Big Lenders Vs Small Lenders Round 2

Last month I  had two settlements delayed. On both I was representing the seller  and both were delayed due to appraisal issues.  The appraisal issues were outside the control of the lenders but how they were handled demonstrates why I prefer local, direct lenders.  Here are the stories…


Case 1:  We were scheduled to settle on August 15.   The turnaround time from contract to settlement was relatively short.  The appraisal was ordered right away but in today’s world the loan officer and appraiser can not have contact and despite putting a rush on the appraisal, on August 15 it was still not back.  It came in on the morning of August 22.  When did we settle?

Case number 2:   We were scheduled to settle on August 17.  Again a relatively short period between contract and settlement.  In this case the appraisal came back August 13 but was low.  The buyer’s agent and I both agreed that the appraiser had made some mistakes .  The buyer and seller allowed the appraisal to be protested.  The appeal process concluded on August 22.  When did we settle?


On Case 1, the appraisal came back on August 22 and we settled on…….August 22.  Why?  This was a local direct lender who had a close working relationship with the underwriting and processing department.  Typically in a loan, the loan officer waits until all documentation, including the appraisal, is in the file and then submits it to the underwriter for final approval.   In this case,  knowing that the appraisal was late, the local lender was able to get the file into and out of underwriting in advance of the appraisal and then had the underwriter on standby so the minute the appraisal came in they could sign off and get the loan out the door.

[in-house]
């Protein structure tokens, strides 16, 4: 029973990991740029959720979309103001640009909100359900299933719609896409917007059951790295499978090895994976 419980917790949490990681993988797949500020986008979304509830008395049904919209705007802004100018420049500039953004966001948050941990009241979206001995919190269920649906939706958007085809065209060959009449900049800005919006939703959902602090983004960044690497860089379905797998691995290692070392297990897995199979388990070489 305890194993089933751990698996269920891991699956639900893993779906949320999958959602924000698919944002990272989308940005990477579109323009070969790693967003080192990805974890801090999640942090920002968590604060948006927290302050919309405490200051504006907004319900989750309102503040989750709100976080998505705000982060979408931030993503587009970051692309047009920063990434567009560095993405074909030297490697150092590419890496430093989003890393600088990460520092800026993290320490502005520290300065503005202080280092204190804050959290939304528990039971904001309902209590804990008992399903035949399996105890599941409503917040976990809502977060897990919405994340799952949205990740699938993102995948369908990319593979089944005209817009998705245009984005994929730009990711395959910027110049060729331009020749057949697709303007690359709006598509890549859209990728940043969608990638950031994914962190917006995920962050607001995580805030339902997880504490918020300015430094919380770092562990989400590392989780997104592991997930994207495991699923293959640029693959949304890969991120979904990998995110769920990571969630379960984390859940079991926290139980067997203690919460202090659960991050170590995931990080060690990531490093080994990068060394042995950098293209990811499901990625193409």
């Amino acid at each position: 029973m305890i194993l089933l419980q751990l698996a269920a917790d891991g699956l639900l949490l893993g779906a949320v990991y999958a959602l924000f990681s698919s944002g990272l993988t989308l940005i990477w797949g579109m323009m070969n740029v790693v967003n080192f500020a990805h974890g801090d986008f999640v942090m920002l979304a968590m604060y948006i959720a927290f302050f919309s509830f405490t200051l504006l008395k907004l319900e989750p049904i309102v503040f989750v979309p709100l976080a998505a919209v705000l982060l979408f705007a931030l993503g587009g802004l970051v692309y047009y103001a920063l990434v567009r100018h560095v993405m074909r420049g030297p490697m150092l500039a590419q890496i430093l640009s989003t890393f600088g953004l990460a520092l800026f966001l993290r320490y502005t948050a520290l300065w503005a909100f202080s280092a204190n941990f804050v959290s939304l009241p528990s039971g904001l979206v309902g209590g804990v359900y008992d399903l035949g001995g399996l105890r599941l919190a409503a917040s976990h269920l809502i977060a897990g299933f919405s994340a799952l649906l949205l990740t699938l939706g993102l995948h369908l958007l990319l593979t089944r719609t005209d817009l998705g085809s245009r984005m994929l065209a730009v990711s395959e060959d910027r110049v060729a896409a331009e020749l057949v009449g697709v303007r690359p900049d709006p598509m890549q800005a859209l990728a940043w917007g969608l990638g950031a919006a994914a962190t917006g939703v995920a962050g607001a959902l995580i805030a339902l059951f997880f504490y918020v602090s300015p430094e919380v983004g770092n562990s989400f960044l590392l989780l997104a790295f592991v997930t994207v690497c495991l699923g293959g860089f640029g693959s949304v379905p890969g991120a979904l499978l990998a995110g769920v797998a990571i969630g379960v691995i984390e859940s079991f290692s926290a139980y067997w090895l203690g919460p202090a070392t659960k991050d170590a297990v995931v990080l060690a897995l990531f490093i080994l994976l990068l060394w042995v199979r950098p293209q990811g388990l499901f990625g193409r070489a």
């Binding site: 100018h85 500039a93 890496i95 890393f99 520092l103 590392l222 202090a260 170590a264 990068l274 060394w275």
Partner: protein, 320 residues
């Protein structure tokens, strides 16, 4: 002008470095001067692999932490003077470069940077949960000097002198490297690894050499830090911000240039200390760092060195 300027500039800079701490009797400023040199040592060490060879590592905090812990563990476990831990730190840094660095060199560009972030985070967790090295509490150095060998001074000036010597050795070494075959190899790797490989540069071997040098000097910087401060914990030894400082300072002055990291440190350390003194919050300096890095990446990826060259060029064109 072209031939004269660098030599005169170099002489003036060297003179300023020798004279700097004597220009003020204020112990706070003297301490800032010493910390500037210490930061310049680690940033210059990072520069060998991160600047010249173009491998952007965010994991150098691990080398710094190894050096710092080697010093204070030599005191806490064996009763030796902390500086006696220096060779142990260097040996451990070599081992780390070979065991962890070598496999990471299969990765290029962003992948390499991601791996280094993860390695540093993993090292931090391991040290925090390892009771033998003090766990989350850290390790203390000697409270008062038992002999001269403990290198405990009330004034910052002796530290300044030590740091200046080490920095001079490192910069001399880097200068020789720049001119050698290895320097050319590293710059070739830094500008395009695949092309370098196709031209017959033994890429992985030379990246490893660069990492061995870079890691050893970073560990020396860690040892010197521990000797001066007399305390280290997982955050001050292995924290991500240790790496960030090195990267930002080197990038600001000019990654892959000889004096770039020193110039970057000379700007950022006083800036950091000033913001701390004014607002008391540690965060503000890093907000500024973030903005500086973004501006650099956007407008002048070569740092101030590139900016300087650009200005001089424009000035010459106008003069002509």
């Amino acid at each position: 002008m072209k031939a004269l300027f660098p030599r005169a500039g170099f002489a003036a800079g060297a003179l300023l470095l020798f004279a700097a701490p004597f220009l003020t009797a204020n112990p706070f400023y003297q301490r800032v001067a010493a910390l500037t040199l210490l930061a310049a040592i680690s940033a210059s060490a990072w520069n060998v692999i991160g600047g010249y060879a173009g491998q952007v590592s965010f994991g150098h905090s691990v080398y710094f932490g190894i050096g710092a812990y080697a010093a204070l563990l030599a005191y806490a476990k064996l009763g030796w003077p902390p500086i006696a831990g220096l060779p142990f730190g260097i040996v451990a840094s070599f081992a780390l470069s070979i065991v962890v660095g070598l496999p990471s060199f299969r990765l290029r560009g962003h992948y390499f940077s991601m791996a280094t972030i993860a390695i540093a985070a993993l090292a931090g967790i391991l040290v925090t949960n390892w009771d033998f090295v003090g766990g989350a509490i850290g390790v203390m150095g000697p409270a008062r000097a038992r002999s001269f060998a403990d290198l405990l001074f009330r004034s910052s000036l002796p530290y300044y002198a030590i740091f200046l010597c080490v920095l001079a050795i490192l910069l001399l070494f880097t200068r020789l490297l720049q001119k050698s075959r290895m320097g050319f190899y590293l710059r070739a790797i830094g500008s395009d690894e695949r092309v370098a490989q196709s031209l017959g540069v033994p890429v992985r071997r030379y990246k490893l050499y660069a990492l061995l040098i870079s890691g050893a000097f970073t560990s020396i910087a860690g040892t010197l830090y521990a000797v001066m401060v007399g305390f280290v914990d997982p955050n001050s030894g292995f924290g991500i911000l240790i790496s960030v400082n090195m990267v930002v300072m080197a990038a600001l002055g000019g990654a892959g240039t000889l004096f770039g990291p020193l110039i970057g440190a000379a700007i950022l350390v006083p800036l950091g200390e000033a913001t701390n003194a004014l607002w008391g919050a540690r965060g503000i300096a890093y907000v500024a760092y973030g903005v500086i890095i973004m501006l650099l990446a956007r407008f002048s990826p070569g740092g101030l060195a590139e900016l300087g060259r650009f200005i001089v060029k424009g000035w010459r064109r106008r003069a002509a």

Case #2, the low appraisal situation was resolved on August 22 and we settled……well, we did not settle.  This big box lender once they had a low appraisal stopped production on the loan  even though they knew we would be moving forward regardless of the outcome of the appraisal appeal.   They could not take things out of order since their system, policy etc would not allow the standard loan flow to be changed.

When the appraisal issue was resolved we asked how long until we settle and they said 2 more weeks.  Well, for other bureaucratic reasons, that two weeks stretched into 3 weeks.  Still everyone was hanging in there hoping to close.  The buyer desperately needed to move and get into their new home and the seller believed the shortest path to settlement was to stick with the current contract and not start all over with a new buyer (really new lender).  Well, eventually, the loan was ready to close and the compliance department did a final check.

This was was loan a FHA loan on condo.  The very first step in a FHA condo loan is to make sure the condo is on the FHA approval list which this one was when the loan process started.  But 5 days before we were scheduled to close, the FHA approval for the condo expired and there was no way to close without FHA approval.   Had this big box lender acted like the local direct lender above and  turned it around in 24 to 48 hours after the appraisal issue was resolved,  we would have still had FHA approval and the buyers would be in their now home.    But when the loan is processed out of the area and rule number 1 is to abide by policy which does not allow for common sense,  stuff happens.


Please, please, if you are buying a home, look for a local direct lender that processes in house.  If the loan is super clean and the appraisal is not an issue and everything else goes well, it doesn’t matter whether it is small lender or a big lender.  But one little problem and, as I have seen time and time again, the bureaucracy of the big boys slows everything down to a snails pace.    A home sale has so many moving parts.  Buyers and sellers are making plans and commitments based on an expected settlement date.  When it does not happen the damage from the fallout has a huge ripple effect on the lives of those involved.  To minimize those issues, keep it local.

For more, see my first post on this topic:  Buy Local – Why I Prefer Hometown Lenders

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